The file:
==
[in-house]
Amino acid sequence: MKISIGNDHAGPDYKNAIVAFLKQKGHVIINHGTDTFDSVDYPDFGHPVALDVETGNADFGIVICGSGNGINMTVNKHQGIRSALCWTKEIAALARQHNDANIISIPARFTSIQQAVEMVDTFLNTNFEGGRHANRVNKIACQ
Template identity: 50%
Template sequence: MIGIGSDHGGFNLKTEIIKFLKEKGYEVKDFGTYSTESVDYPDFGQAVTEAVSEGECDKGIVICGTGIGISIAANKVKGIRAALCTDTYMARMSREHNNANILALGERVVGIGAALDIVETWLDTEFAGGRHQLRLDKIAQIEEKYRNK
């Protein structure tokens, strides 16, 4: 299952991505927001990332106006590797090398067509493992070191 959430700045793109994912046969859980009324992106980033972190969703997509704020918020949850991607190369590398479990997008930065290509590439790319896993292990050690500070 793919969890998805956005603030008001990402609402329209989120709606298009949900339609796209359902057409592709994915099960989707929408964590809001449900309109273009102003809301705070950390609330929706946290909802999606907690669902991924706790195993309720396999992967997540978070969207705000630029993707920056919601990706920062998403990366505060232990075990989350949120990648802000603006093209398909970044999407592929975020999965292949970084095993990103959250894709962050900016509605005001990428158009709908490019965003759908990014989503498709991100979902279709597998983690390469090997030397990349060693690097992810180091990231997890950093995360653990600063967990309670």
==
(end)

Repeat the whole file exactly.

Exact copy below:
[in-house]
Amino acid sequence: MKISIGNDHAGPDYKNAIVAFLKQKGHVIINHGTDTFDSVDYPDFGHPVALDVETGNADFGIVICGSGNGINMTVNKHQGIRSALCWTKEIAALARQHNDANIISIPARFTSIQQAVEMVDTFLNTNFEGGRHANRVNKIACQ
Template identity: 50%
Template sequence: MIGIGSDHGGFNLKTEIIKFLKEKGYEVKDFGTYSTESVDYPDFGQAVTEAVSEGECDKGIVICGTGIGISIAANKVKGIRAALCTDTYMARMSREHNNANILALGERVVGIGAALDIVETWLDTEFAGGRHQLRLDKIAQIEEKYRNK
């Protein structure tokens, strides 16, 4: 299952991505927001990332106006590797090398067509493992070191 959430700045793109994912046969859980009324992106980033972190969703997509704020918020949850991607190369590398479990997008930065290509590439790319896993292990050690500070 793919969890998805956005603030008001990402609402329209989120709606298009949900339609796209359902057409592709994915099960989707929408964590809001449900309109273009102003809301705070950390609330929706946290909802999606907690669902991924706790195993309720396999992967997540978070969207705000630029993707920056919601990706920062998403990366505060232990075990989350949120990648802000603006093209398909970044999407592929975020999965292949970084095993990103959250894709962050900016509605005001990428158009709908490019965003759908990014989503498709991100979902279709597998983690390469090997030397990349060693690097992810180091990231997890950093995360653990600063967990309670």